Packet Arrival Analysis in Wireless Sensor Networks

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Doddapaneni K., Shah P., Ever E., Tasiran A., Omondi F. A., Mostarda L., ...More

IEEE 29th International Conference on Advanced Information Networking and Applications Workshops WAINA 2015, Gwangju, South Korea, 25 - 27 March 2015, pp.164-169 identifier identifier

  • Publication Type: Conference Paper / Full Text
  • Doi Number: 10.1109/waina.2015.101
  • City: Gwangju
  • Country: South Korea
  • Page Numbers: pp.164-169
  • Middle East Technical University Affiliated: Yes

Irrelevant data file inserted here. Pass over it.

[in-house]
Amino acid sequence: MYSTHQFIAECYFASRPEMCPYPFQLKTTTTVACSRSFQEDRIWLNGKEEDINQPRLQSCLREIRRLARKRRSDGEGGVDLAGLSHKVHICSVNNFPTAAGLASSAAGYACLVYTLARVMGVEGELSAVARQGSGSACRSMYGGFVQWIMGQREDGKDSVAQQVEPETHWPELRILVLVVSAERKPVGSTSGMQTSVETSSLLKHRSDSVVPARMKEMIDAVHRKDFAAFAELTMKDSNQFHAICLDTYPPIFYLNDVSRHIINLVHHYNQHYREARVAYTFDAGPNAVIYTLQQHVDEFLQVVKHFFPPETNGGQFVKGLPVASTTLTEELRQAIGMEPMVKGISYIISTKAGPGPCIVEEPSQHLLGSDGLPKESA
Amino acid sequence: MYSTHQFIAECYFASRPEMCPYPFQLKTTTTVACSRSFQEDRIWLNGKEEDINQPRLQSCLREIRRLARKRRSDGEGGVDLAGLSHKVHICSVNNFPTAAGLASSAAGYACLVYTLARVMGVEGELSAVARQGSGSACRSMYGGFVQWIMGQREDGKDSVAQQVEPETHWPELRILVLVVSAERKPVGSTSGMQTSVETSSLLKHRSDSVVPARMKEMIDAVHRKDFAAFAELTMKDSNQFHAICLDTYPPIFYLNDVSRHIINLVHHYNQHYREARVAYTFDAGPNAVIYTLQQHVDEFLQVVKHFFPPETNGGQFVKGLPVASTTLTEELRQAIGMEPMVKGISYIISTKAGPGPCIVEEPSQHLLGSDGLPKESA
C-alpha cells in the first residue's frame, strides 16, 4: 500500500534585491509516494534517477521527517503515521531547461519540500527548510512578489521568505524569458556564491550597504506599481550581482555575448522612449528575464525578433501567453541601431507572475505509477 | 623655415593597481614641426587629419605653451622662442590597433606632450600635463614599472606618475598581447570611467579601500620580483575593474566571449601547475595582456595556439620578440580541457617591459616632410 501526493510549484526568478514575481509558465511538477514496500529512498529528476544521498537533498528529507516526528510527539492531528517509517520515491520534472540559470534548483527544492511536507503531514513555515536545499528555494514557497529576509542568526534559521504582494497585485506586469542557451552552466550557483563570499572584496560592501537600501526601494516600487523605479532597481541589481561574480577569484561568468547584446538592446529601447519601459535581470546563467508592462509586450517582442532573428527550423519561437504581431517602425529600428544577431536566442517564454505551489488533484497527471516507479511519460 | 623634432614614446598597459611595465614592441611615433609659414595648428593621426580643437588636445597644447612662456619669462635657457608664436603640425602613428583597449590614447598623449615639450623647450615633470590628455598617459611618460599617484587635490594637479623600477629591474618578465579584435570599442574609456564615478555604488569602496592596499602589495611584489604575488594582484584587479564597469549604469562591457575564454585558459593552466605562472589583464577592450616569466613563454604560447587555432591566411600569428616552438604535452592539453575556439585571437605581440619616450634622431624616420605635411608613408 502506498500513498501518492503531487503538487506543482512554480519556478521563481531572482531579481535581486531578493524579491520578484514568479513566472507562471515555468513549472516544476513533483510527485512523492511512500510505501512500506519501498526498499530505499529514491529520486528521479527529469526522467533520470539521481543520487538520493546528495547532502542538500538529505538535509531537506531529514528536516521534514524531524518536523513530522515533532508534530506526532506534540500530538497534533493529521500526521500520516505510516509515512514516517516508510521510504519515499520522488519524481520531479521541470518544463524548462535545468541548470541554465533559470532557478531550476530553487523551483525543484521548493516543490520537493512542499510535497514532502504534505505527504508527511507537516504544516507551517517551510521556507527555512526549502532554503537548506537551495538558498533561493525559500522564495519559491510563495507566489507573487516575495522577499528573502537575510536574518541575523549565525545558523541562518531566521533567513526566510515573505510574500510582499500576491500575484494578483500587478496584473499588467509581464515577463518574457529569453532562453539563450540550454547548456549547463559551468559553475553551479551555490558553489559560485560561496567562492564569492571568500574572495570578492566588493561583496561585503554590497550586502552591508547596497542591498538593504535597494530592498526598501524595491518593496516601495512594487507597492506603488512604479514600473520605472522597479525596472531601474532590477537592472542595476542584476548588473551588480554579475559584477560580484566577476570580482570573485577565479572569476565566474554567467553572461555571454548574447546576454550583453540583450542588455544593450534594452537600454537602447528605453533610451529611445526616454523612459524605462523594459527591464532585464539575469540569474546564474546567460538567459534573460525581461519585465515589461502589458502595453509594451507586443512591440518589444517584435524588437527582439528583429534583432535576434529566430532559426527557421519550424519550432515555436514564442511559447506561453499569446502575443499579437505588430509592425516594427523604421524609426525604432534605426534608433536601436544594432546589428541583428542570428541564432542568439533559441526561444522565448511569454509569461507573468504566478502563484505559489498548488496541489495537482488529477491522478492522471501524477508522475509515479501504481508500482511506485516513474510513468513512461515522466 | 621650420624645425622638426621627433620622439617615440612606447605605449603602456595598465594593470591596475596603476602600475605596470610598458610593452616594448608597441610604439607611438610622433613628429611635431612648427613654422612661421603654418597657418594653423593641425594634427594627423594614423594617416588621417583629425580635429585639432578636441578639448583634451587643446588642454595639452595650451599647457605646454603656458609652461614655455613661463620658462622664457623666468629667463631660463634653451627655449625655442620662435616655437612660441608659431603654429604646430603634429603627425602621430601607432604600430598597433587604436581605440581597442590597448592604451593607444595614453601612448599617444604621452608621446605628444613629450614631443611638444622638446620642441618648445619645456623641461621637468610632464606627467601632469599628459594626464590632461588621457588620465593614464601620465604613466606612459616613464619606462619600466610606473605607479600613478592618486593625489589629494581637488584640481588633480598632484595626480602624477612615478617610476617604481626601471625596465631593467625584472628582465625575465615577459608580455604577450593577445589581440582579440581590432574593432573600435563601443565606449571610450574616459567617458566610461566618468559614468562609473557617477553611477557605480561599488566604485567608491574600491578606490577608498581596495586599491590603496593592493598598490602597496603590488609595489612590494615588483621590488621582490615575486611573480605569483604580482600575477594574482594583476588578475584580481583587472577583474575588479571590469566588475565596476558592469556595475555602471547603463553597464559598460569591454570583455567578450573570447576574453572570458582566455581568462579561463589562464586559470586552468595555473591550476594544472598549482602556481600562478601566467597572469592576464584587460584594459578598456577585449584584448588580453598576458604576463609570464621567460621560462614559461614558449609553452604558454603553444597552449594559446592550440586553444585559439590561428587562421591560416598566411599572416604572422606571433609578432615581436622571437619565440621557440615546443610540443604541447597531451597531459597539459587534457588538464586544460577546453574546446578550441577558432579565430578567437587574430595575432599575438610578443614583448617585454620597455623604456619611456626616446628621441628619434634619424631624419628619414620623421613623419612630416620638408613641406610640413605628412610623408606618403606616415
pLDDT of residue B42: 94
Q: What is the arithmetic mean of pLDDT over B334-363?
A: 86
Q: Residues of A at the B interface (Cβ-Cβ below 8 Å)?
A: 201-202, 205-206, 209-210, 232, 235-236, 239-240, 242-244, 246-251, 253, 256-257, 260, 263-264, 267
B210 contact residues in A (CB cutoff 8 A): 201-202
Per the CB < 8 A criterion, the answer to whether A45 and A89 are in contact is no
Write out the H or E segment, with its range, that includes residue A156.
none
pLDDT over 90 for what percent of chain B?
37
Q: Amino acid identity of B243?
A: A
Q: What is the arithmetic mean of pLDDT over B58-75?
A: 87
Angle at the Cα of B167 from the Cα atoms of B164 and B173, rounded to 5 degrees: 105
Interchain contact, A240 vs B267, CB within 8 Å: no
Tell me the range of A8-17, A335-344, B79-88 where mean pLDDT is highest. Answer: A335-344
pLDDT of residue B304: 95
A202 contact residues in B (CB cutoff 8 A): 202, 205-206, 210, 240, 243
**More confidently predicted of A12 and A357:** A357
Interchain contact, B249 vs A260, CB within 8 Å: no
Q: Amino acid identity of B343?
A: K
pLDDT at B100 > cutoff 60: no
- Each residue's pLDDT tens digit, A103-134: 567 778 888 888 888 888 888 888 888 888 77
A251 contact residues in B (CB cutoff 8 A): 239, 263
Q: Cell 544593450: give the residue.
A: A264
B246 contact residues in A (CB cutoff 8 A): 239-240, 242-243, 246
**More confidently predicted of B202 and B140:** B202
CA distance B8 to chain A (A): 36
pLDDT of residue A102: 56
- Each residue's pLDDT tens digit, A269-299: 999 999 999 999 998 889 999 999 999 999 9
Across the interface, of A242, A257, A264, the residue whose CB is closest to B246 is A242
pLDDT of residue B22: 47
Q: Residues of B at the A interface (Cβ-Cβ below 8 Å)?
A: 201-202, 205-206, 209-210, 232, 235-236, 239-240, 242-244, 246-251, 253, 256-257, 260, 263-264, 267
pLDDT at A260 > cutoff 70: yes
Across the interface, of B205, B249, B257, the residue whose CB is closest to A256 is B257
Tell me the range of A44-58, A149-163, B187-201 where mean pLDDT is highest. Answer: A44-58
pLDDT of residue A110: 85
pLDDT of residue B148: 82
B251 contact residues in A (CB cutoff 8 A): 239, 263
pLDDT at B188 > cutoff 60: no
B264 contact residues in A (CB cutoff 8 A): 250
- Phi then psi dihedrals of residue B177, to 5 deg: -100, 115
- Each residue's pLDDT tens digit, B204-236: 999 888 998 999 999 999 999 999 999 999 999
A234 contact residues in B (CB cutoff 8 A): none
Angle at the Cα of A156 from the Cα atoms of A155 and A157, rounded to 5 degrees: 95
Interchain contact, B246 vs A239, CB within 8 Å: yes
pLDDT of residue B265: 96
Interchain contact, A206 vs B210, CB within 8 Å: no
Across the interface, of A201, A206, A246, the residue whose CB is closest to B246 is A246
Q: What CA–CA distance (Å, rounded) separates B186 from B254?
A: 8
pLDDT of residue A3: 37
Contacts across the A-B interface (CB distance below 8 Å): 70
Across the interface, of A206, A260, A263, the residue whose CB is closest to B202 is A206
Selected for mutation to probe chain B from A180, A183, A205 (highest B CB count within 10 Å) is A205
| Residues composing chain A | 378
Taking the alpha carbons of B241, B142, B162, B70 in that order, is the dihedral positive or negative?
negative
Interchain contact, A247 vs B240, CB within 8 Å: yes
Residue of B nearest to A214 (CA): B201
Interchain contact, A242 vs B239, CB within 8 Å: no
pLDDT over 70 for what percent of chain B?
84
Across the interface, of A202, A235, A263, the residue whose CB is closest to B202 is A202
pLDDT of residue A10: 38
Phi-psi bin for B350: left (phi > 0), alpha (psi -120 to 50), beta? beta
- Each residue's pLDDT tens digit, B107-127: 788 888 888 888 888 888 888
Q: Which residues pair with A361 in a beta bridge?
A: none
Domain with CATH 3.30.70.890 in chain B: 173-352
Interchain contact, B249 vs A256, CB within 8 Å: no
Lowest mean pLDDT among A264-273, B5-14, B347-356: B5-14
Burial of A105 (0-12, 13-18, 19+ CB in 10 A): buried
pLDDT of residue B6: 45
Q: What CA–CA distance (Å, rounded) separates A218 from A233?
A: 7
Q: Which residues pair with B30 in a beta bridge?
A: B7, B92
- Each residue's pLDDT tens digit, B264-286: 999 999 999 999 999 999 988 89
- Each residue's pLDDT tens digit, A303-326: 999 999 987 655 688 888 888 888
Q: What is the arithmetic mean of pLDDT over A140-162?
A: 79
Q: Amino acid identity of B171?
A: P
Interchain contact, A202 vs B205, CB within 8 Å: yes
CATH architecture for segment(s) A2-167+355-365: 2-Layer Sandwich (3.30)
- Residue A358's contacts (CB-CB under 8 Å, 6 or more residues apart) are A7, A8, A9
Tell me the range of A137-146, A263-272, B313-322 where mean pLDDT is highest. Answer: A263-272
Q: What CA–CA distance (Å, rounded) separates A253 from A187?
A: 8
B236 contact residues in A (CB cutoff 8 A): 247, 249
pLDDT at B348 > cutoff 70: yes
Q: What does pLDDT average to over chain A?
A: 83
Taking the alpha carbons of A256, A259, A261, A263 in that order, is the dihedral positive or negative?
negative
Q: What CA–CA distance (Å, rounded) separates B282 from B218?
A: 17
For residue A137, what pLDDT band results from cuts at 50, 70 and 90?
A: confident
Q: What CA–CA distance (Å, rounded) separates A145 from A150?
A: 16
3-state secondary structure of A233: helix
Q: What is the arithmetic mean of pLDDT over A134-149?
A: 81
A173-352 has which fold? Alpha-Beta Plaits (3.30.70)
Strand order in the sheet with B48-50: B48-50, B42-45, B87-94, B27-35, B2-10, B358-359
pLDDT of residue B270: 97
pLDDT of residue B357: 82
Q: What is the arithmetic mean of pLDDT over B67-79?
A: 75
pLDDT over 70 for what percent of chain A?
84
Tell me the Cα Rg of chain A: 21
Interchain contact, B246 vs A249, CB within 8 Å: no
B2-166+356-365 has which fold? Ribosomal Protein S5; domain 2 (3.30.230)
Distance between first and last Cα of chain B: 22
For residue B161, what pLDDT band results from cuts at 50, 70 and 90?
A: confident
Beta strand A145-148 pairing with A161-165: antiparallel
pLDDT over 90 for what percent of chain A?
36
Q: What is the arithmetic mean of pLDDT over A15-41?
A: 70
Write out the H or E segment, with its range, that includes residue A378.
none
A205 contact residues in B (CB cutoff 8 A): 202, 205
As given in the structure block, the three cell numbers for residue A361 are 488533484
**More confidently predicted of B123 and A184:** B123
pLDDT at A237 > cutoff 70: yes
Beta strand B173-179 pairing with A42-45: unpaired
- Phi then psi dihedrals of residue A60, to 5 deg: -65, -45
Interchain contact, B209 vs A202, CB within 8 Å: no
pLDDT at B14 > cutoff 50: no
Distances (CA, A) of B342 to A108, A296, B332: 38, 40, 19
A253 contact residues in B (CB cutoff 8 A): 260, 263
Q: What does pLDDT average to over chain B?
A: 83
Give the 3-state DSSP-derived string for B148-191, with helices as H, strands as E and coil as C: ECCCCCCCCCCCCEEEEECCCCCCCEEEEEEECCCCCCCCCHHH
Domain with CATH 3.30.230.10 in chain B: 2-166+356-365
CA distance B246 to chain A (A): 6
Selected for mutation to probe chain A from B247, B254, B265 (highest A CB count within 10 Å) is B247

Distributed sensor networks have been discussed for more than 30 years, but the vision of Wireless Sensor Networks (WSNs) has been brought into reality only by the rapid advancements in the areas of sensor design, information technologies, and wireless networks that have paved the way for the proliferation of WSNs. The unique characteristics of sensor networks introduce new challenges, amongst which prolonging the sensor lifetime is the most important. WSNs have seen a tremendous growth in various application areas including health care, environmental monitoring, security, and military purposes despite prominent performance and availability challenges. Clustering plays an important role in enhancement of the life span and scalability of the network, in such applications. Although researchers continue to address these grand challenges, the type of distributions for arrivals at the cluster head and intermediary routing nodes is still an interesting area of investigation. Modelling the behaviour of the networks becomes essential for estimating the performance metrics and further lead to decisions for improving the network performance, hence highlighting the importance of identifying the type of inter-arrival distributions at the cluster head. In this paper, we present extensive discussions on the assumptions of exponential distributions in WSNs, and present numerical results based on Q-Q plots for estimating the arrival distributions. The work is further extended to understand the impact of end-to-end delay and its effect on inter-arrival time distributions, based on the type of medium access control used in WSNs. Future work is also presented on the grounds that such comparisons based on simple eye checks are insufficient. Since in many cases such plots may lead to incorrect conclusions, demanding the necessity for validating the types of distributions. Statistical analysis is necessary to estimate and validate the empirical distributions of the arrivals in WSNs.